Rapids in Oregon

Messing up your value stream can put you on the rocks!

Mapping your value stream is an important starting place for channeling change and then for organizing around change. Mapping a value stream is a first step, not an endpoint. If your understanding of your value stream is wrong you will have the data needed to make all sorts of erroneous decisions. Two value stream mapping issues lead to incorrect mapping and later to compounding the error by making bad decisions for organizing work and for improvement.

  1. Issue: What we think we know is not what really happens.
    This issue is part and parcel of being human (that does not mean there is not a solution). Our memories are fluid and are synthesized from what we have stored in the past only when we retrieve information (described in a New Scientist article Oct 27, 2018). This compounded by the fact that each person sees or absorbs events differently. The perception of importance and the level of emotion both affect how and what we remember. Memory gets even funkier when we couple memory with time. The further away in time an event the more memory reflects what we want to have happened and less of what actually did. 

    Most value stream mapping events draw on managers or senior managers. They are supposed to know what goes on within their span of control and often have been promoted from within the area they are leading. The problem is that how the work is done today and how it was done in the past are not always the same.

    Another problem with memory noted by Daniel Kahneman in Thinking Fast and Slow is that System 1 Thinking takes a starting and ending point and then fills in the gaps based on our bias.

    Simply put our memories are not terribly trustworthy.

    Useful Solution(s):
    => Crowdsource the creation of the value stream. Get a small team together to map the value stream (use the Scrum team size limitations of 5 – 9).
    => Go to the Gemba – using non-lean words, go observe the flow of value as it happens. Use techniques that support a formal Gemba Walk. include multiple people on the observation technique, record observations during the walk and debrief as a team IMMEDIATELY after the walk. Seeing avoids memory traps and provides a common link for the mapping team.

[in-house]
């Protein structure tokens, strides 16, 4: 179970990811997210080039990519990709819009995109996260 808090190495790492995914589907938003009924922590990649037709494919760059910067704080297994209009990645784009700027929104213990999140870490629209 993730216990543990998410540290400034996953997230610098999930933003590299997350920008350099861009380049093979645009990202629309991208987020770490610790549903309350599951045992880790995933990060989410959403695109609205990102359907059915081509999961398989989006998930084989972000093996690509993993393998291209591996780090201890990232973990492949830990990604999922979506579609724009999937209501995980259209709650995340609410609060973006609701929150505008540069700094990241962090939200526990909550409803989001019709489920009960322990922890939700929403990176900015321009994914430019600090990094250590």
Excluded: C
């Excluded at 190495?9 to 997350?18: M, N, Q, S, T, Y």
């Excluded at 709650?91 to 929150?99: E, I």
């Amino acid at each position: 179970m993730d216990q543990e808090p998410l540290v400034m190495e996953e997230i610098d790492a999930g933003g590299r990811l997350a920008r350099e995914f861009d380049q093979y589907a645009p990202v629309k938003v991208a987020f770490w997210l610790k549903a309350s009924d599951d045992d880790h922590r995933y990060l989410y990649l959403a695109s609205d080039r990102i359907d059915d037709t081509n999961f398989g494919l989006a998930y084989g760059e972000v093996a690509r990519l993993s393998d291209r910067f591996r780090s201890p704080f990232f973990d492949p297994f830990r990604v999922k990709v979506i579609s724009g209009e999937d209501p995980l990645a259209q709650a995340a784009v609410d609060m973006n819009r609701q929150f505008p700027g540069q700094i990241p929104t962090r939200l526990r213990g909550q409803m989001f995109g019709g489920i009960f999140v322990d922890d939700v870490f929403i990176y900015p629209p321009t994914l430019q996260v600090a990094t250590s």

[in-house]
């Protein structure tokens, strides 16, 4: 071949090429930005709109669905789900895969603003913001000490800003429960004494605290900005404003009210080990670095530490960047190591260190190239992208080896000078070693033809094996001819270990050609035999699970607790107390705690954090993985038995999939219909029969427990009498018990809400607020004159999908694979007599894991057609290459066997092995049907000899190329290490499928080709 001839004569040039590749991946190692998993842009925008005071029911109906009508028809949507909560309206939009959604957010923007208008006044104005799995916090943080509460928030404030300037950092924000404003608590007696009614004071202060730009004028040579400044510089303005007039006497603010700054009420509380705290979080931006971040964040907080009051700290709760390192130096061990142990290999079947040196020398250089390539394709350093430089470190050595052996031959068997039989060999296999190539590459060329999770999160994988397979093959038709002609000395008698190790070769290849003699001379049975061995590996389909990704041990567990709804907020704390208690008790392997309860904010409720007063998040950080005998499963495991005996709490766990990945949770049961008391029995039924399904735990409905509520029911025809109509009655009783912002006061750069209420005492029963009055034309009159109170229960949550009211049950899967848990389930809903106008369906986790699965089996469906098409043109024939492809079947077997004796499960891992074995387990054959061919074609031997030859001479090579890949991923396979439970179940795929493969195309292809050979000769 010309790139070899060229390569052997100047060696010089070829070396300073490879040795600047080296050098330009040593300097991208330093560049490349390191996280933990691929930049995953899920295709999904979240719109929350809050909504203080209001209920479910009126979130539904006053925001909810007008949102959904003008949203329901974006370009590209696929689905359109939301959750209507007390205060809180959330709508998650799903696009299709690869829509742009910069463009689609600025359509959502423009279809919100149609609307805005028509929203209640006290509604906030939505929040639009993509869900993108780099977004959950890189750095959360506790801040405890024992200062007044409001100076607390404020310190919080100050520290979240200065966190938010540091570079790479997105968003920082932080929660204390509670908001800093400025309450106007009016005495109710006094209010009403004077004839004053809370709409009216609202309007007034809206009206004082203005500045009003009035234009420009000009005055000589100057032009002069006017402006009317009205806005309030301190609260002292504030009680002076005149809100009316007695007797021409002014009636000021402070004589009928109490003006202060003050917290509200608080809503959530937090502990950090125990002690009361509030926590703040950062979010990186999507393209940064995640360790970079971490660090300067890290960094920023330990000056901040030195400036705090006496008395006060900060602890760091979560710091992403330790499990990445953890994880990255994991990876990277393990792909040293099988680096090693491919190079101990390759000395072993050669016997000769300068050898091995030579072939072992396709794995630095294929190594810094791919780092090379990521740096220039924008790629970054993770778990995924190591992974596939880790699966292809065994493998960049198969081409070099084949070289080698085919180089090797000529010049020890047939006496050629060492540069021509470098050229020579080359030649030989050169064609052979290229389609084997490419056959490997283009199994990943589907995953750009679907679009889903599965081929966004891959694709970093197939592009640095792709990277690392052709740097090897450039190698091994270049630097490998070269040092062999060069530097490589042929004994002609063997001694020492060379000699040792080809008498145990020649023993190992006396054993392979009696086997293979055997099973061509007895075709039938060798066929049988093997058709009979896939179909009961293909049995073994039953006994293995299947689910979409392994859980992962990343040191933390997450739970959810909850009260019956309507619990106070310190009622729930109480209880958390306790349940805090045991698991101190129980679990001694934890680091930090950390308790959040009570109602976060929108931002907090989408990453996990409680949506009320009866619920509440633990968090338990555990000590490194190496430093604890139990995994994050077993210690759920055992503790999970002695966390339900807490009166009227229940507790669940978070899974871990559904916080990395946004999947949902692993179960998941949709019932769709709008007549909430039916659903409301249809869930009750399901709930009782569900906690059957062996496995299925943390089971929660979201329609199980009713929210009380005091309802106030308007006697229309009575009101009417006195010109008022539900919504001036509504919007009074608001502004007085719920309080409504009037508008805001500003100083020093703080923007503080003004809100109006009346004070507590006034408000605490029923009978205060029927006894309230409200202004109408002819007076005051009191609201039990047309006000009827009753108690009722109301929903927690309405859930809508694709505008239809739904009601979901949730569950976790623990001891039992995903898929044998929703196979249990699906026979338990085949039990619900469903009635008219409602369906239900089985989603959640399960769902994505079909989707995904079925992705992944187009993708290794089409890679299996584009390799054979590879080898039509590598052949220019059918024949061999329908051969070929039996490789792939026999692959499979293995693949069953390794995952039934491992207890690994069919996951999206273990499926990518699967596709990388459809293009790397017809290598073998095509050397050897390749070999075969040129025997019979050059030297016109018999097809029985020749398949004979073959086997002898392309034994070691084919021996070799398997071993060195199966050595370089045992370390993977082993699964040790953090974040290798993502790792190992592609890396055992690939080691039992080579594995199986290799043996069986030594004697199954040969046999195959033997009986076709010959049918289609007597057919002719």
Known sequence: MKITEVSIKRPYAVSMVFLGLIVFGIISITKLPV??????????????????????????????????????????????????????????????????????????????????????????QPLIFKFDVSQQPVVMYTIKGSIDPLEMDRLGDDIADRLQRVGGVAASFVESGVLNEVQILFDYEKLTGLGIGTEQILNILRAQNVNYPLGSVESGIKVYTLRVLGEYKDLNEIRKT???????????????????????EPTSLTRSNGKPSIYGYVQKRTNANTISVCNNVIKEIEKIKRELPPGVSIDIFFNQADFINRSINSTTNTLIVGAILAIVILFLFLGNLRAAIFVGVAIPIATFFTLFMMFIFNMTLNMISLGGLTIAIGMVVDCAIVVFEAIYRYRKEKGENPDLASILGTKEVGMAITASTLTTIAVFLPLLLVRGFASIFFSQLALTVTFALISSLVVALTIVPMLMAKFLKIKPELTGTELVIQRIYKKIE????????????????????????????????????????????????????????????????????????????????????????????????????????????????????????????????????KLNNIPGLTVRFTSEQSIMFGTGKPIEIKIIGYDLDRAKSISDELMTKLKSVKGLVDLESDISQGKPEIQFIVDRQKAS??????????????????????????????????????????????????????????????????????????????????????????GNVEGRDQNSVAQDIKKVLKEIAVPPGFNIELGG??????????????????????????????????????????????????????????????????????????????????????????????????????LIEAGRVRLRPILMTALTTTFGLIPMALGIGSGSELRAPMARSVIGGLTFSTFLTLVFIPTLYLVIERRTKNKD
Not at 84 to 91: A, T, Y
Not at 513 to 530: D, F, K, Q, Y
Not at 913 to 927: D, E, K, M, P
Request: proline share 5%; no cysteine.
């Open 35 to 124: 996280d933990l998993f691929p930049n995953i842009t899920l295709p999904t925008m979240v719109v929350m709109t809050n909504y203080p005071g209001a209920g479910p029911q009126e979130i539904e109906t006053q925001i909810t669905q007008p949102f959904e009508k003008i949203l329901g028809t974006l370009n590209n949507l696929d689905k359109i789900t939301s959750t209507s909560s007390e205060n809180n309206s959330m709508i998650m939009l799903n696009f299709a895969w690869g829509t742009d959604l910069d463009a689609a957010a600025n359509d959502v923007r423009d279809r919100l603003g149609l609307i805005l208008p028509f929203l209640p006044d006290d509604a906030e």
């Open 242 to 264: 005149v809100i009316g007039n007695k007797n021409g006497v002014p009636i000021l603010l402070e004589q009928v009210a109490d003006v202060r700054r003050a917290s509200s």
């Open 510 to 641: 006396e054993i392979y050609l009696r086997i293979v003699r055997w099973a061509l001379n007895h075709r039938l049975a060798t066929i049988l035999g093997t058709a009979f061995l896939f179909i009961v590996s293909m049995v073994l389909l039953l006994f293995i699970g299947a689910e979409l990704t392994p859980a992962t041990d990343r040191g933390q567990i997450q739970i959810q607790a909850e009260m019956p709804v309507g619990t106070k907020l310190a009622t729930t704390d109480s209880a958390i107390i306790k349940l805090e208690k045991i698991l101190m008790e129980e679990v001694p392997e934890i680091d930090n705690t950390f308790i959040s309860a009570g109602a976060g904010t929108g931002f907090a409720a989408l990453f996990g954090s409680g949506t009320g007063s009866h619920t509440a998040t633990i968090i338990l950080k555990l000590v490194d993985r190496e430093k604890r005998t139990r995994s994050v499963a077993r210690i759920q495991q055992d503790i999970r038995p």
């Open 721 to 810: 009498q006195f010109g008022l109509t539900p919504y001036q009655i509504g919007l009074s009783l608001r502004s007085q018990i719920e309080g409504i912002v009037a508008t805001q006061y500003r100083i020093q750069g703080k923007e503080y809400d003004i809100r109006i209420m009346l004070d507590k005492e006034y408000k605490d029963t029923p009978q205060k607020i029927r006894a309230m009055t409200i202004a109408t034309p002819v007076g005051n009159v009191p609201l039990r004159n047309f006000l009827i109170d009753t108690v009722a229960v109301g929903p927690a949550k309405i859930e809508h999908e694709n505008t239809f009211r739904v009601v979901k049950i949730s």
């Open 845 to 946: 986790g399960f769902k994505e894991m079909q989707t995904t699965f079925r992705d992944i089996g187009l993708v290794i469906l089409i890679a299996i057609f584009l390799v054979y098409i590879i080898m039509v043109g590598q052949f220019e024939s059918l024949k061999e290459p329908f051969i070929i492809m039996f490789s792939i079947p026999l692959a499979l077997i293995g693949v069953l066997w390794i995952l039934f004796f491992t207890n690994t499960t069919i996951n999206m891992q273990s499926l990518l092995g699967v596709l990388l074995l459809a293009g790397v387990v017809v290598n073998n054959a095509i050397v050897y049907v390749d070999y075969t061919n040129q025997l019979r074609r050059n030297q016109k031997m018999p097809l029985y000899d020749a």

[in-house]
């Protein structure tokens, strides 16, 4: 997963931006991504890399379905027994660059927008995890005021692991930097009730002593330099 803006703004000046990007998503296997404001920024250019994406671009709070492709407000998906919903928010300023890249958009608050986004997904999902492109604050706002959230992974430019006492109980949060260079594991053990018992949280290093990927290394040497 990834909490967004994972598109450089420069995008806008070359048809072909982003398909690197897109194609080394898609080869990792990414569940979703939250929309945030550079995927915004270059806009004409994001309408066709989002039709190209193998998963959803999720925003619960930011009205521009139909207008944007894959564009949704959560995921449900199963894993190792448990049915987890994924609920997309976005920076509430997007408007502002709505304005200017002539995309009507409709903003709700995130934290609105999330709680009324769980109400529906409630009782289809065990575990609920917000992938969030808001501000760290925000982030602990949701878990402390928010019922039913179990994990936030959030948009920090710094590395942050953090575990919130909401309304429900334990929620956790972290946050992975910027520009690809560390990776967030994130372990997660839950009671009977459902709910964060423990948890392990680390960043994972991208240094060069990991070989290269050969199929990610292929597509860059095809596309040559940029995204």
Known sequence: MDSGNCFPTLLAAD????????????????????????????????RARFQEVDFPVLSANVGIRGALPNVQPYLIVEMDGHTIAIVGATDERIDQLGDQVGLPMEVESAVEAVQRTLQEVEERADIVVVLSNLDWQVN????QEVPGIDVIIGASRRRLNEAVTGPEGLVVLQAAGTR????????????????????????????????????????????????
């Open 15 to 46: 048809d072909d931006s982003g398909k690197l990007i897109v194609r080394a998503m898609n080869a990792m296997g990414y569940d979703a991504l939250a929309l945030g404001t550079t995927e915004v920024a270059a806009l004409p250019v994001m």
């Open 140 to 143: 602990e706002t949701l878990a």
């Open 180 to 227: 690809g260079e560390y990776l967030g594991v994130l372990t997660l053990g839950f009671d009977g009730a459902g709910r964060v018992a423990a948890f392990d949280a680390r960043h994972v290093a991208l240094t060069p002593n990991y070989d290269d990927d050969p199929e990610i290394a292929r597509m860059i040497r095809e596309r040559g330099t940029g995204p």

=> The mapping team should include a diverse crosssection of people, a mixture of leaders, managers, and practitioners. Some consultants suggest keeping senior leaders out of the mix (they are too far removed from the flow) and others suggest not including practitioners (tend to provide overly detailed information).  Do not constrain involvement but rather ensure that someone facilitates the process to avoid the pitfalls.
  2. Issue: Not involving people who influence how work is actually done.
    This issue is related to the first issue but tends to reflect that teams and line-level leaders know how to flex or game the system that more senior leaders might not be aware of (or want to be). In the television show M*A*S*H, Corporal O’Reilly and later Corporal Klinger were the people who knew how to get things done. While these two are characters on a television show, they represent an archetype that exists in every organization I have ever studied. Excluding these people will rob the mapping process of deep knowledge and can cause resistance to change later.

    Useful Solution(s):
    => Find the “fixer” for key areas in the value stream and have them participate. In order to find these people use the simple expedient of going to an area and ask who you would go to make something happen. 
    => If those in the “fixer” role can not participate in mapping the value stream, use them as subject matter experts to review the process.  

Mapping a value stream can go off the rails quickly if you do not have the right people involved.  Avoid the inclination to tap someone to go off, map the value stream and report back when complete. This is a team sport, involving the right people will avoid spinning your wheels or worse.